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RESPONSE TO TERROR

Deadline Nears for Airport Baggage Screening Measures

Security: New interim plan includes matching bags to traveling passengers. But critics see weaknesses that terrorists can exploit.

January 16, 2002|RICARDO ALONSO-ZALDIVAR | TIMES STAFF WRITER

WASHINGTON — As the airline industry scrambles to meet its first major security deadline, government and aviation officials said they do not anticipate major disruptions when new baggage screening measures go into effect Friday.

Transportation Secretary Norman Y. Mineta is scheduled to explain the new measures in a speech today. However, the plan is only temporary, until a system for checking all bags with specialized explosive detection machines can be put in place.

"The airlines have been particularly vocal about their preparedness, which indicates to me that they are expecting this to go smoothly," said Kevin Mitchell, chairman of the Business Travel Coalition, which monitors the industry. "There are probably some airports where they won't get it right on the first day, but, by and large, we will get through it."

However, some critics say the baggage screening measures are insufficient because they leave loopholes that terrorists could exploit.

Under the interim plan, airlines will use a combination of measures to screen checked baggage, all of which were prescribed by Congress in a transportation security bill passed late last year. Mineta initially said he doubted the congressionally mandated deadline of Friday could be met, but he later reversed that opinion.

The basic screening technique, called bag matching, involves ensuring that no bag is loaded into the cargo hold unless the passenger who checked it also gets on the plane. In addition, a greater proportion of bags will be searched by hand, with specially trained dogs or explosive detection machines.

Officials acknowledged that the combination of measures is not guaranteed to stop a suicide bomber, but they said it represents a tangible improvement. Until now, only a tiny proportion of checked bags on domestic flights has been screened for explosives. These bags were either picked at random or belonged to passengers flagged for closer scrutiny by computerized profiling systems. And bag matching--a basic security procedure employed by other nations--had only been required for international flights.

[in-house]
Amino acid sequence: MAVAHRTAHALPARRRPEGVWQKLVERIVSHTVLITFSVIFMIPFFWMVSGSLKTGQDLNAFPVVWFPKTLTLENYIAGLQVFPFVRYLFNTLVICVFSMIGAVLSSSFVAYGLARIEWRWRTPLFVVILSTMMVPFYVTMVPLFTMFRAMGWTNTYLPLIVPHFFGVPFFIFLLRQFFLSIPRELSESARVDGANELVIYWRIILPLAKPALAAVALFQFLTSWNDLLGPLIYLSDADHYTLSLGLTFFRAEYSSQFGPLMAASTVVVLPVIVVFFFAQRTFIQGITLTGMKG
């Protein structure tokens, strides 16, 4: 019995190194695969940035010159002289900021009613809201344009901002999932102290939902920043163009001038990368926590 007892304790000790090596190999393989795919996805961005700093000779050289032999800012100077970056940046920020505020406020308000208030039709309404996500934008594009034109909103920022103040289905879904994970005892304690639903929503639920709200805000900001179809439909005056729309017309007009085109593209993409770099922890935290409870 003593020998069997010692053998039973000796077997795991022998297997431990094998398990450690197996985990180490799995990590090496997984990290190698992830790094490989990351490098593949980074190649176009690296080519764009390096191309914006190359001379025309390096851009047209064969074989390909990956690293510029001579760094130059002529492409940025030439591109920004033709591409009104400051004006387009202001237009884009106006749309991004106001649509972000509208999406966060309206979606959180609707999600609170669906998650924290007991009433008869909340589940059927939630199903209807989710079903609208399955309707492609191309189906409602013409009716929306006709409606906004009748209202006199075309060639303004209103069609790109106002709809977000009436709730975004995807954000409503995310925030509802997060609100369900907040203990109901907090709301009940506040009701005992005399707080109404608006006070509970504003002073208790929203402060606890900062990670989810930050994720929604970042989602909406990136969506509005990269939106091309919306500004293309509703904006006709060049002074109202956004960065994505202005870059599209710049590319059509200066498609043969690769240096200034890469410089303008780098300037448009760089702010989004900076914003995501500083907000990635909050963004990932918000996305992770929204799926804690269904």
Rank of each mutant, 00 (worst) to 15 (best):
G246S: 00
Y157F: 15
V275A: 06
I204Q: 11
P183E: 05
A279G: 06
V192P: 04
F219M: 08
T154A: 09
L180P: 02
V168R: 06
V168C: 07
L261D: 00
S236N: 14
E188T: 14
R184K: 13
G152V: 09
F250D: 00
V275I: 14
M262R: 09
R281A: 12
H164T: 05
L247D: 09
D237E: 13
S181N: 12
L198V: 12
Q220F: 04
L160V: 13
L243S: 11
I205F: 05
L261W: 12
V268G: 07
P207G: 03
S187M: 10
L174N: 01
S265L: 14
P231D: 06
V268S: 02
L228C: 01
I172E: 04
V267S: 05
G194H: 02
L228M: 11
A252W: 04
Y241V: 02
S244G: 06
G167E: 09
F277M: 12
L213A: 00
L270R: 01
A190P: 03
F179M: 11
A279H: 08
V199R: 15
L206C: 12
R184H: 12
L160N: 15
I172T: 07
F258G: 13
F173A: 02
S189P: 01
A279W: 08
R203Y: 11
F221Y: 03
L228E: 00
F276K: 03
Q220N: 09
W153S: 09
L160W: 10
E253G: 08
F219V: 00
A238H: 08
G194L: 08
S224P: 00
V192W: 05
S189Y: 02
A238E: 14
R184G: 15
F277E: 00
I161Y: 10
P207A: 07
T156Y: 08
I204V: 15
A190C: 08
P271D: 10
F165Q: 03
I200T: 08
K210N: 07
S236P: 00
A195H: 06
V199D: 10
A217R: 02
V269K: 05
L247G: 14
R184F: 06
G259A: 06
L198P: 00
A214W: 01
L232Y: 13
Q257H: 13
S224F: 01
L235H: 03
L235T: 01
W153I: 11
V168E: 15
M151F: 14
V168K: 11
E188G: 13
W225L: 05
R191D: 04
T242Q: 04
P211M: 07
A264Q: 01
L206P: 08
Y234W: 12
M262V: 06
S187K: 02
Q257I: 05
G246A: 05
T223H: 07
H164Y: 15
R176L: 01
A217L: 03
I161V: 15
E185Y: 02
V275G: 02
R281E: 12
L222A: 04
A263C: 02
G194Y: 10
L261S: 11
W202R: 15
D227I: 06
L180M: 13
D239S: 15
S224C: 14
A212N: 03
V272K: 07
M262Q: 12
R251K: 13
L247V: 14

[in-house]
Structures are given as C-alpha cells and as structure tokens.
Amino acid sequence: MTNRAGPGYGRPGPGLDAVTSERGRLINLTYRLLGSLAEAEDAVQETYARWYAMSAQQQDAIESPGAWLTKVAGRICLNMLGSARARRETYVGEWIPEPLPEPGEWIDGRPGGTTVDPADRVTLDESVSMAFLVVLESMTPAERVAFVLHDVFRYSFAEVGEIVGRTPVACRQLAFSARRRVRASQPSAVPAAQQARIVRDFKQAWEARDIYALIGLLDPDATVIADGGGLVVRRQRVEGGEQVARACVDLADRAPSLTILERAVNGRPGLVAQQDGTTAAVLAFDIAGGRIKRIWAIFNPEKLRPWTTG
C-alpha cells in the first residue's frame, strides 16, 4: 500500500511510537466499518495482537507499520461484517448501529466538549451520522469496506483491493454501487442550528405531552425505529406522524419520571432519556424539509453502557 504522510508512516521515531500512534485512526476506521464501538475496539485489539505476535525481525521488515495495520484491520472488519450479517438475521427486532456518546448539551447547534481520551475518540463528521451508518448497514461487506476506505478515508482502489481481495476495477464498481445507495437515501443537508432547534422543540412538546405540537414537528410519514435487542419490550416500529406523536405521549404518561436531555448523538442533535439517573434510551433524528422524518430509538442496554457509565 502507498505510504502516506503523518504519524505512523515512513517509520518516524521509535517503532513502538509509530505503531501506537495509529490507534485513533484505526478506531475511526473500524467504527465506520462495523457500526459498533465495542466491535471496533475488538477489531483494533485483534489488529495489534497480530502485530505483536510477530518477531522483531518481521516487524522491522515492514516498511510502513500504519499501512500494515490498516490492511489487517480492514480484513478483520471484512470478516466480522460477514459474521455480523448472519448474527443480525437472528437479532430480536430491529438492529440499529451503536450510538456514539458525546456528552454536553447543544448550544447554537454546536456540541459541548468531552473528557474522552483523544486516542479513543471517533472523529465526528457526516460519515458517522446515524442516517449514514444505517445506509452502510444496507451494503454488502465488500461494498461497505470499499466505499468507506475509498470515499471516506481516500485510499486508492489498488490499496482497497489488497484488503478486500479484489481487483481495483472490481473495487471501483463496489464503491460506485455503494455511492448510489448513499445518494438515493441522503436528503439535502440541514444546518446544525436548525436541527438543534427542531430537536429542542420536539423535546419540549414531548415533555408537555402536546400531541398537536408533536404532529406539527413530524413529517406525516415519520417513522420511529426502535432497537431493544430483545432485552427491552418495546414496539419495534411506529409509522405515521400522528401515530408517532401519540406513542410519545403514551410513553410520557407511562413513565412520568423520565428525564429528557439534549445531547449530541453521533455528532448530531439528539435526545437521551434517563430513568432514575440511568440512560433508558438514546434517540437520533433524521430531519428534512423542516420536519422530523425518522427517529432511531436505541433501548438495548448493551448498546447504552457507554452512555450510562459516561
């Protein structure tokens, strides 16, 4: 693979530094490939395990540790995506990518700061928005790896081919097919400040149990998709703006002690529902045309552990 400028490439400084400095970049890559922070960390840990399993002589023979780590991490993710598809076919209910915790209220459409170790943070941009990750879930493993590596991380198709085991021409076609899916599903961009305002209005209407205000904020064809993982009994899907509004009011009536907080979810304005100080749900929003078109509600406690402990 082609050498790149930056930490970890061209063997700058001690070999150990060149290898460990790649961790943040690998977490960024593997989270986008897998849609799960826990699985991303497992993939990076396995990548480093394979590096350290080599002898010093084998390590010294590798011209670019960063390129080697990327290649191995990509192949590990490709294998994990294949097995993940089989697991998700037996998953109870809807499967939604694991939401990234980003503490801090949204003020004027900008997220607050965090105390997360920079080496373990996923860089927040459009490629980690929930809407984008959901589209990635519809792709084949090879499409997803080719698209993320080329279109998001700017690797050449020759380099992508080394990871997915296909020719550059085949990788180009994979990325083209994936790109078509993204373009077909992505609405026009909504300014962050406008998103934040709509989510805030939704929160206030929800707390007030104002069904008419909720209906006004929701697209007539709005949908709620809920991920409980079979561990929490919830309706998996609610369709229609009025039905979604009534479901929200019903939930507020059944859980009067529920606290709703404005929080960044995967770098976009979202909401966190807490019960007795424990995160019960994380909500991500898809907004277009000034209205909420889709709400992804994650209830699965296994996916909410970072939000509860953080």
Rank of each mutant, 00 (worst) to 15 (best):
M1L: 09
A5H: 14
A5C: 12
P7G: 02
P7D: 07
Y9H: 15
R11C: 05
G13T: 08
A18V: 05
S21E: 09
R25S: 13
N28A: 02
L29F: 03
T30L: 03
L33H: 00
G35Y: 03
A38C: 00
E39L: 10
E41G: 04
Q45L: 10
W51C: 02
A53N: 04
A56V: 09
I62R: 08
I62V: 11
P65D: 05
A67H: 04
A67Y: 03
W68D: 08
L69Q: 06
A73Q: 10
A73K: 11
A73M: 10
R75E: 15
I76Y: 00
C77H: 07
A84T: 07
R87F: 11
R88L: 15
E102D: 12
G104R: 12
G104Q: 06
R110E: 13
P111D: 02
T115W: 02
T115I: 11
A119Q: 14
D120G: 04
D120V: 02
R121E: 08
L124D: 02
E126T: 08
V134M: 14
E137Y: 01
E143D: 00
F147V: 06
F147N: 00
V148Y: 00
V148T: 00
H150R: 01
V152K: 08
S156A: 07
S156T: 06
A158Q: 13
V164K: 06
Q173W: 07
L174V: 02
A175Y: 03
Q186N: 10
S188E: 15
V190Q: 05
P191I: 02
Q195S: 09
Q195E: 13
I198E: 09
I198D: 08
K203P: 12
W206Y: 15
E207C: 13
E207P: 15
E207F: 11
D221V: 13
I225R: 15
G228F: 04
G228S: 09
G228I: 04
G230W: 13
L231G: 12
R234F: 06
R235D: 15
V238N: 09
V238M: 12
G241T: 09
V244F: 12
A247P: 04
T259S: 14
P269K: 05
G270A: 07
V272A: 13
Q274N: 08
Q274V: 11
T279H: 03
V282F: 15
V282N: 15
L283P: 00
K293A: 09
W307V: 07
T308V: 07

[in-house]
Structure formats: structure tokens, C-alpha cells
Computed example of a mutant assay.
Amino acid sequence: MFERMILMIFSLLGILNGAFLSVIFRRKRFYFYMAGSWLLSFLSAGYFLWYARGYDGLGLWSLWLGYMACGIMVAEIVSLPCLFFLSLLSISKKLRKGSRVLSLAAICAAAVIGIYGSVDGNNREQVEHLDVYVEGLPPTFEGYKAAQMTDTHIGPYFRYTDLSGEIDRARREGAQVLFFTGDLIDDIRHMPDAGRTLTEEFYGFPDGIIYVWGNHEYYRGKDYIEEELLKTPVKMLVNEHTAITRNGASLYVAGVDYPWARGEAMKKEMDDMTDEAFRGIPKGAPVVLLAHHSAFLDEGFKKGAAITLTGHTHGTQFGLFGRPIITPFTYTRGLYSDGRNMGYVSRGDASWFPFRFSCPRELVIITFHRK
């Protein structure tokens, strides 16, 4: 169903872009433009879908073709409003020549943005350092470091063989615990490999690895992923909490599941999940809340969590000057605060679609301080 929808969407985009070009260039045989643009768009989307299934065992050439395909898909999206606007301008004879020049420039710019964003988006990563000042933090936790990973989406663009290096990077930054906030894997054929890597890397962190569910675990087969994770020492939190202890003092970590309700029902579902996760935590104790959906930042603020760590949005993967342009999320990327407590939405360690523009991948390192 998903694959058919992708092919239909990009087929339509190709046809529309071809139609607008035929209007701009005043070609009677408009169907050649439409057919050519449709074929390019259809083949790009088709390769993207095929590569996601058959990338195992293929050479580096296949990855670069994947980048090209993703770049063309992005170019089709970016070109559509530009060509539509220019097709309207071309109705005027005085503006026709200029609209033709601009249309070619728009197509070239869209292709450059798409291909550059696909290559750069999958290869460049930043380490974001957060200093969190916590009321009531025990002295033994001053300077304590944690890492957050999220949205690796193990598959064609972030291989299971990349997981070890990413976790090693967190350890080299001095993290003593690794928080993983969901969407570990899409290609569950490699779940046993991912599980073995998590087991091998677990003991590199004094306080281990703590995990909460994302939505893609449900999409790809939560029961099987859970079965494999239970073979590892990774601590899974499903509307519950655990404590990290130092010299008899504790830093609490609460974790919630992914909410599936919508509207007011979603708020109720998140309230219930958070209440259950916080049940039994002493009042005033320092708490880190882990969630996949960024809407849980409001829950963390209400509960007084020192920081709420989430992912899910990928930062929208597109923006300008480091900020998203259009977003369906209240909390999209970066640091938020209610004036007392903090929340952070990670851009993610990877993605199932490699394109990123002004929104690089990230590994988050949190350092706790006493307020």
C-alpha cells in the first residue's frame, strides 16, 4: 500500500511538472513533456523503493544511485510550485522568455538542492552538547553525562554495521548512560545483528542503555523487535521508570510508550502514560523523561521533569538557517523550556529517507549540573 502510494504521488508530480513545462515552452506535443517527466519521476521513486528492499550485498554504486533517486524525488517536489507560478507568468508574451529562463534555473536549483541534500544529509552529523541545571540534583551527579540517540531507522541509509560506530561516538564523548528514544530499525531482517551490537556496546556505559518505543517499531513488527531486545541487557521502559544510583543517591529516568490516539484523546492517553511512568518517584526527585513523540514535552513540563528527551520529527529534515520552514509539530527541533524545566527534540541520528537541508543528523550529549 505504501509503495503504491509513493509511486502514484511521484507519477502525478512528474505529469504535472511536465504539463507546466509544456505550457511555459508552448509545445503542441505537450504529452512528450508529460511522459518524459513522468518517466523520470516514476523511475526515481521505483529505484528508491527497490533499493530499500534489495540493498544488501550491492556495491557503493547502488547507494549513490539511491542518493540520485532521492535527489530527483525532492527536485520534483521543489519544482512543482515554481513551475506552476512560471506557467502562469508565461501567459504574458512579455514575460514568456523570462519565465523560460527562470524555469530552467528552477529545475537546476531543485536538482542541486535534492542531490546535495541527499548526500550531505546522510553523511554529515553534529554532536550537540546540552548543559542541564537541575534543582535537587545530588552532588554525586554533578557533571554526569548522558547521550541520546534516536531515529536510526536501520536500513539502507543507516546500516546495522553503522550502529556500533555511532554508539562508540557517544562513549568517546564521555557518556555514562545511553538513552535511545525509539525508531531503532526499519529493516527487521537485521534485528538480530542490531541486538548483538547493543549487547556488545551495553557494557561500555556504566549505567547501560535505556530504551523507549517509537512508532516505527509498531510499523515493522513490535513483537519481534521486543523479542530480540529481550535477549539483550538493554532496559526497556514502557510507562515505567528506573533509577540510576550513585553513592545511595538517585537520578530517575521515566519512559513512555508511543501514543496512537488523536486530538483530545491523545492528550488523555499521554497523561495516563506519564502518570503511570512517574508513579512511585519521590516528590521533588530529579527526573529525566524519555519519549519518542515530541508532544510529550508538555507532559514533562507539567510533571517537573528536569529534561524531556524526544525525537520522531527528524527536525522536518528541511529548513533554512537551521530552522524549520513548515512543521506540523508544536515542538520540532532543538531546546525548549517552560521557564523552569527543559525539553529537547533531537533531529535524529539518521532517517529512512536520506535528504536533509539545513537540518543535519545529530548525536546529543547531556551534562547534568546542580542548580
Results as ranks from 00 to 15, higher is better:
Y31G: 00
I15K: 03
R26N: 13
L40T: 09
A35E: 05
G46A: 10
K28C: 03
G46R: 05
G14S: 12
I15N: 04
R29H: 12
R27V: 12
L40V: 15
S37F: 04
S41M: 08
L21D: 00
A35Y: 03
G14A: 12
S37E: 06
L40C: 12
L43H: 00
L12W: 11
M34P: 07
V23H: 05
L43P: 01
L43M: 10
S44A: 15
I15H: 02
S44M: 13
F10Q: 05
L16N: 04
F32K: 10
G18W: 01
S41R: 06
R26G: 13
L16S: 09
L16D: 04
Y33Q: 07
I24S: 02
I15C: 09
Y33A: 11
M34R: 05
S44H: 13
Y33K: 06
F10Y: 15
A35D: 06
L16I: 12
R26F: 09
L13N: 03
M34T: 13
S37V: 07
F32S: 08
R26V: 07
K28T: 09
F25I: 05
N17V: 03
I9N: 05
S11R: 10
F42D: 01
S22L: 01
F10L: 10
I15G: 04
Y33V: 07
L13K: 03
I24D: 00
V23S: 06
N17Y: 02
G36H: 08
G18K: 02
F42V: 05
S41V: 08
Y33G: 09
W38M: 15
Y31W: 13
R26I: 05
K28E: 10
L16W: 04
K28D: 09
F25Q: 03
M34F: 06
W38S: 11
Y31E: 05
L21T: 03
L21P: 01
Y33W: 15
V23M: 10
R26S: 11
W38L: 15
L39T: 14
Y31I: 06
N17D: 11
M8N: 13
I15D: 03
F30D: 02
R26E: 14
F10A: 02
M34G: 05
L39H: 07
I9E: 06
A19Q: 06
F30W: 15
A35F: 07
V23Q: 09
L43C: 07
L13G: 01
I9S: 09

In preparation for bag matching, Delta Air Lines announced Tuesday that it would no longer accept checked baggage less than 30 minutes before a flight is scheduled to depart.

U.S. airlines have long been opposed to bag matching on domestic flights, and the new rules included a concession to the industry's fears of widespread delays: Bag matching will only be required when a passenger first boards a plane, and not on connecting flights.

"They are giving the airlines a pass on the connecting bags," said David Stempler, president of the Air Travelers Assn., an advocacy group for passengers. About one of every four travelers is a connecting passenger.

Arnold Barnett, an MIT professor and aviation consultant, said that making an exemption for connecting flights exposes travelers to some additional risk.

"I hope that after this is introduced, people will find a way to expand it to connecting flights," Barnett said. "It is still a big step forward."

Airlines could close the loophole by scrutinizing connecting bags more closely when they are first accepted. They could simply use one of the other approved methods: trained dogs, explosive detection machines or hand searches. Industry officials refused to discuss specifics, but Deborah McElroy, president of the Regional Airline Assn., said: "The traveling public can rest assured that all checked bags will be screened."

Ultimately, Congress wants all checked bags scanned using state-of-the-art explosive detection machines. Lawmakers have set a Dec. 31 deadline to meet that goal.

About 160 of the machines, which use CT technology similar to that in medical scanners, are currently in service at airports around the country.

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